Welcome to the Jungle


This blog entry about the events of Tuesday, December 09, 2003 was originally posted on December 15, 2003.

DAY 52:  I bid farewell to the hostel desk attendant — who, hearing that I was from New York, assumed I was Puerto Rican — and rode with Andres to the docks.  He put me in a motorboat taxi for the three hour ride upstream on the Amazon.

We traveled into the Pacaya Samiria National Reserve, the second largest protected area in the Amazon Basin — the largest in Peru.  The driver took me to a fisherman’s house near where the Amazon met the Rio Yanayacu, a small tributary.  There I was picked up in a motorized canoe by my guide Juan Carlos, three tourists — and a suicidal barracuda that had jumped into the boat.  I rode the extra forty minutes up the Yanayacu as two more suicidal fish jumped into the boat — including a catfish with stinger fins.  Along the way, we were surrounded by the sounds of croaks, ribbits, whoops, honks and various bird calls coming from every direction.  Butterflies, macaws and vultures flew above our heads as we made our way upstream, and they all obviously had something to live for because they never landed up dead in our boat.

EMERALD FOREST BASE CAMP (picture above), a group of three hunts on stilts connected by footbridges was where I formally made introduction to my new compadres:  Sue from Wales, Simion from south of London and his traveling French friend Axel.  Simion and Axel had met on the road and had been traveling together for a while, constantly making jokes about each other’s country, and each other’s stench.  Despite Axel sharing his name with the lead singer to Guns N Roses, it was Sue who actually said to me, “Welcome to the jungle!”

Also welcoming me to the jungle were monkeys who were lounging around the two rumored-to-be-lesbian German tourists.  Curious creatures, one of them followed me to the toilet when I took a dump and watched me.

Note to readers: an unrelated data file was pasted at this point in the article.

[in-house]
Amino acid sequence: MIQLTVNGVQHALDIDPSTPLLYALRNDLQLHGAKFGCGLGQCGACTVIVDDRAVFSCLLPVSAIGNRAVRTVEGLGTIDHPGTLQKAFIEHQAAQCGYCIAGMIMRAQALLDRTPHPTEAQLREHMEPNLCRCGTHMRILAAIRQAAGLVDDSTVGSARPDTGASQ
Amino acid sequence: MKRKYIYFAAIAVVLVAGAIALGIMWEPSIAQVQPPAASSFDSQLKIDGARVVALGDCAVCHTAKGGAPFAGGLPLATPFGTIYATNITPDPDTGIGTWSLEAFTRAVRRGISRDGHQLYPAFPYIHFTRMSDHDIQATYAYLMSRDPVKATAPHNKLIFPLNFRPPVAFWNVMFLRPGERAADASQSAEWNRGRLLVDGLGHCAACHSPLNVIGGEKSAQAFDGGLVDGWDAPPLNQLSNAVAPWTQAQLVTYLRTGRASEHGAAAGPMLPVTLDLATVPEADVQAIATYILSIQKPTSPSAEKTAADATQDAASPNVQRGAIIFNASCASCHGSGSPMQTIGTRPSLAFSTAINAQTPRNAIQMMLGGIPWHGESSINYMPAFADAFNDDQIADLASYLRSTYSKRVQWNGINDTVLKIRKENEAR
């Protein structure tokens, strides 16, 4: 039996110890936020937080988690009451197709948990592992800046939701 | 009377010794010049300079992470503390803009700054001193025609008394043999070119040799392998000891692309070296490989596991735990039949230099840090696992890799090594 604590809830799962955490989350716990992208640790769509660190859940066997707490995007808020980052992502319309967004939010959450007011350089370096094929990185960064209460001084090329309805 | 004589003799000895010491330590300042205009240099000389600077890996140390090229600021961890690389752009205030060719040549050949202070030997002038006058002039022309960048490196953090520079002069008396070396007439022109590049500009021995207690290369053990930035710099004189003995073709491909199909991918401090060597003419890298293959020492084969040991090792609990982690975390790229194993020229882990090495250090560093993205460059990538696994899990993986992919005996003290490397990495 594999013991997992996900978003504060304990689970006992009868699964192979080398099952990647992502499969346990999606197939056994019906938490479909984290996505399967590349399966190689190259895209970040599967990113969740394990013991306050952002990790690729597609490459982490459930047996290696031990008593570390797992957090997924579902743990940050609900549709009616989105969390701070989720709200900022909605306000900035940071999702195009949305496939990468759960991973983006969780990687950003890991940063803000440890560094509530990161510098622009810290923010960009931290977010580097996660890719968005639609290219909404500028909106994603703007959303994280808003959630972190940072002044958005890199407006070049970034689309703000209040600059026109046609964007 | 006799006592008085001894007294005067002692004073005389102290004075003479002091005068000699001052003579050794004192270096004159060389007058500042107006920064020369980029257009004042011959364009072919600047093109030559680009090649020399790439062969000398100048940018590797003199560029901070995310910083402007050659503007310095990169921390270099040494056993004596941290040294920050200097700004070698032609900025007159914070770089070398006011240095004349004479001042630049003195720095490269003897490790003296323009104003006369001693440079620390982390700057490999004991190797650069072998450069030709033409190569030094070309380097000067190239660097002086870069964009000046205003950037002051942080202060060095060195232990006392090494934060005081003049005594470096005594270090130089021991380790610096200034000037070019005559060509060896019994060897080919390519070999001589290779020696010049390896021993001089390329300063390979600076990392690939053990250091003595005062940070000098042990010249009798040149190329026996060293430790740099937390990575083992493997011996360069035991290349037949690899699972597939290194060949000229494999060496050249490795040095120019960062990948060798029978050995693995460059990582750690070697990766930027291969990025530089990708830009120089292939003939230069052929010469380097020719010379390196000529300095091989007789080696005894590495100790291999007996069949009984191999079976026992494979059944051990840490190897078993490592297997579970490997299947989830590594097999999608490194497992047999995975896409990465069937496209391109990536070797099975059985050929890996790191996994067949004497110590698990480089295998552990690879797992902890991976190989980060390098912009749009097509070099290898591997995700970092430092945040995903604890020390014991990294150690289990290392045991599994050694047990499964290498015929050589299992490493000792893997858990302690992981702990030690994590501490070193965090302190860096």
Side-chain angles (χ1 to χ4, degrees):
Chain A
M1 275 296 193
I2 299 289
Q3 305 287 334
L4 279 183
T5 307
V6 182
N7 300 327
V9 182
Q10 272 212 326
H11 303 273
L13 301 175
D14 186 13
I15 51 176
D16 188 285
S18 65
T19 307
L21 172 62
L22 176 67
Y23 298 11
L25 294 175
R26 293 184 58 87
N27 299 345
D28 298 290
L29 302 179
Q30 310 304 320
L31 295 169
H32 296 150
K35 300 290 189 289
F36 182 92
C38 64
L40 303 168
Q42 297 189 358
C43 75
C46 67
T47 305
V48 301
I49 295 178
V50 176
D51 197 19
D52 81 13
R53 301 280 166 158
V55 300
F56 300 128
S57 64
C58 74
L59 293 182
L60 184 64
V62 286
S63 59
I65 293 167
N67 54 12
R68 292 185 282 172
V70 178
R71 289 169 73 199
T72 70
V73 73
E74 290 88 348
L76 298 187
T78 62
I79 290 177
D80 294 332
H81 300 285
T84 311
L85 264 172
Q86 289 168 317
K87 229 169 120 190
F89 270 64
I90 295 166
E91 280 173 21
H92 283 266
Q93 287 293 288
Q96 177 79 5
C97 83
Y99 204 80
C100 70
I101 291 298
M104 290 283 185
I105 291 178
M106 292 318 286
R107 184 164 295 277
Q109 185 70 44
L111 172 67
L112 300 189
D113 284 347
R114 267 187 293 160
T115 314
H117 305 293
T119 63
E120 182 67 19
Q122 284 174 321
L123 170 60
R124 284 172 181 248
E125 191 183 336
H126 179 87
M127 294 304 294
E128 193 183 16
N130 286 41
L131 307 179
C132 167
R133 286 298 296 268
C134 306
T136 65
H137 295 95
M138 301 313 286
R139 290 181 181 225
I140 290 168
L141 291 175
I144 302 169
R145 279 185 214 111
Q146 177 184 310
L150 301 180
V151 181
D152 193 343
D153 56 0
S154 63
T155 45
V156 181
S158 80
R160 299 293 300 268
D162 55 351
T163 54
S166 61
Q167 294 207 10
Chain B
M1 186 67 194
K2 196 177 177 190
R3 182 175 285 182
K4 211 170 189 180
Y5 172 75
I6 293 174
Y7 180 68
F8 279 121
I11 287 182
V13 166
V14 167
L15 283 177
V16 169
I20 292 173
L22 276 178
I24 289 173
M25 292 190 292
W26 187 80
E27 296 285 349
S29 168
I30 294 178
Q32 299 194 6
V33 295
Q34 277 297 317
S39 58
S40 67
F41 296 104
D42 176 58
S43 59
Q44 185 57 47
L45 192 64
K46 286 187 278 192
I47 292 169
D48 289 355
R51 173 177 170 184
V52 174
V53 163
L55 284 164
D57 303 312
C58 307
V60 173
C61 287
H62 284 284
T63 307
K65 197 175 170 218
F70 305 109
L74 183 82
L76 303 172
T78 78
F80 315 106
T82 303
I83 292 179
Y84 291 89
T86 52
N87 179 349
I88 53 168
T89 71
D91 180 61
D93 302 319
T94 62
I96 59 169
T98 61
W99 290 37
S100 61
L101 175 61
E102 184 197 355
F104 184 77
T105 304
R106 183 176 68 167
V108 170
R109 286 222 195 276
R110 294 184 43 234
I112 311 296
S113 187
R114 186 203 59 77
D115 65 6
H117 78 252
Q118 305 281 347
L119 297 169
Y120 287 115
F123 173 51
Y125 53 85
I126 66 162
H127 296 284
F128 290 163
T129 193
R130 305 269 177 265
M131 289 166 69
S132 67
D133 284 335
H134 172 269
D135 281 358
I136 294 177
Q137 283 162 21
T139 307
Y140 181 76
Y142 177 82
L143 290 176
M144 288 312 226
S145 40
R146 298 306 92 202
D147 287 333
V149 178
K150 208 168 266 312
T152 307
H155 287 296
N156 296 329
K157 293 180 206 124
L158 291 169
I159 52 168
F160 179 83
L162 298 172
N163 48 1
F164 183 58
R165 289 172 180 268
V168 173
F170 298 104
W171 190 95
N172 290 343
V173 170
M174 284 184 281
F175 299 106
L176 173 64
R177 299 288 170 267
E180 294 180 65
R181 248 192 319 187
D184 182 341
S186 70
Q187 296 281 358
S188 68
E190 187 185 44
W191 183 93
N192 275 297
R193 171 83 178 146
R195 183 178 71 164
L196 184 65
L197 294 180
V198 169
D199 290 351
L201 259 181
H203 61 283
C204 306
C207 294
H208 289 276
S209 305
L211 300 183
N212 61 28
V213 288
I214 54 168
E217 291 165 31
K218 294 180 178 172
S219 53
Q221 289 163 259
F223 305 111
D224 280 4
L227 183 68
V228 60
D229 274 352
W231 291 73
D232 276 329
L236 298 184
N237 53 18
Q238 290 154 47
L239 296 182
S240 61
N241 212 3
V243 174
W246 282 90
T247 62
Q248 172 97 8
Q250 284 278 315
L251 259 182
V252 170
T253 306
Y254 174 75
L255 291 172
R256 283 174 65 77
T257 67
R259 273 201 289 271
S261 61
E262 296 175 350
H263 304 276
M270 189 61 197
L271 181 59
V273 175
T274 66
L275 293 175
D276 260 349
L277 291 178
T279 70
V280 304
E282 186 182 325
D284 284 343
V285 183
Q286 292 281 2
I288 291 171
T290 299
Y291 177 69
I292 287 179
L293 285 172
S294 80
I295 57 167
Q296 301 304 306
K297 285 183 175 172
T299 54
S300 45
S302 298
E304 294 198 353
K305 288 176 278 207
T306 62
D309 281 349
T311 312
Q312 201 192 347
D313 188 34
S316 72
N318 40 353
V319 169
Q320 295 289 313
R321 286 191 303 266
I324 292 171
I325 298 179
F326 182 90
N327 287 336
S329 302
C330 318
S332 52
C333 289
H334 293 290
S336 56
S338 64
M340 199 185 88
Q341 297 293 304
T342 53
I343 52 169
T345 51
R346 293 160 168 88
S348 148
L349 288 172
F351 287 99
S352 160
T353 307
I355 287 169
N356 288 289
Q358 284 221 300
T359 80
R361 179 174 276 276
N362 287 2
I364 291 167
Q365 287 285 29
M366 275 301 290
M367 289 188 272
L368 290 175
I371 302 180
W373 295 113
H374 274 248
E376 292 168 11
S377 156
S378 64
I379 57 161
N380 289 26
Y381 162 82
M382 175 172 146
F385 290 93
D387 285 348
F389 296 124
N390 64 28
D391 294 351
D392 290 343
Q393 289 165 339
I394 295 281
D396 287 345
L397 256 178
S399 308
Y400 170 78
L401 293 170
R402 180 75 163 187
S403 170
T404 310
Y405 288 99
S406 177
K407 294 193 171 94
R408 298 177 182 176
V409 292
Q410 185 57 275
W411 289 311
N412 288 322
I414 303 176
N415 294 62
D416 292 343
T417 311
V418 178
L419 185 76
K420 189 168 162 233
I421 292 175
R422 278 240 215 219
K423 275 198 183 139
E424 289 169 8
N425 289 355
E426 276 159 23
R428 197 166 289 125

JUAN CARLOS LED Simion, Axel and I on a hike through the jungle, clearing a path with his big machete.  Right away it was clear that I didn’t have enough mosquito repellent on — mosquitoes swarmed me like I was the new keg of beer at a frat party.  I mean, I’ve seen groups of mosquitoes before, but this group was so big and so mean that if I had asked for directions — and we were living in a cartoon — the swarm would candidly form an arrow, which would point me up, down and sideways so fast that my head would spin around dizzily like a Three Stooges routine, causing me to fall down, after of which the swarm would then form a hand giving me the middle finger and then disband and continue to bite me.  I tightly closed myself in my rain poncho, which only helped a little; those bastards can bite through anything.

The 27-year-old son of a village shaman (and someday an official shaman himself), Juan Carlos explained to us the different plants that could be used to treat various ailments.  A great guide, he pointed out the poisonous plants and trees to avoid contact with — some of which had symbiotic relationships with fire ants that could swell up your entire arm in minutes with a mere touch.  With his big machete, he chopped down roots, leaves and tree bark to get samples of natural medicine for us — always tasting a piece of a tree that had not yet been tampered with.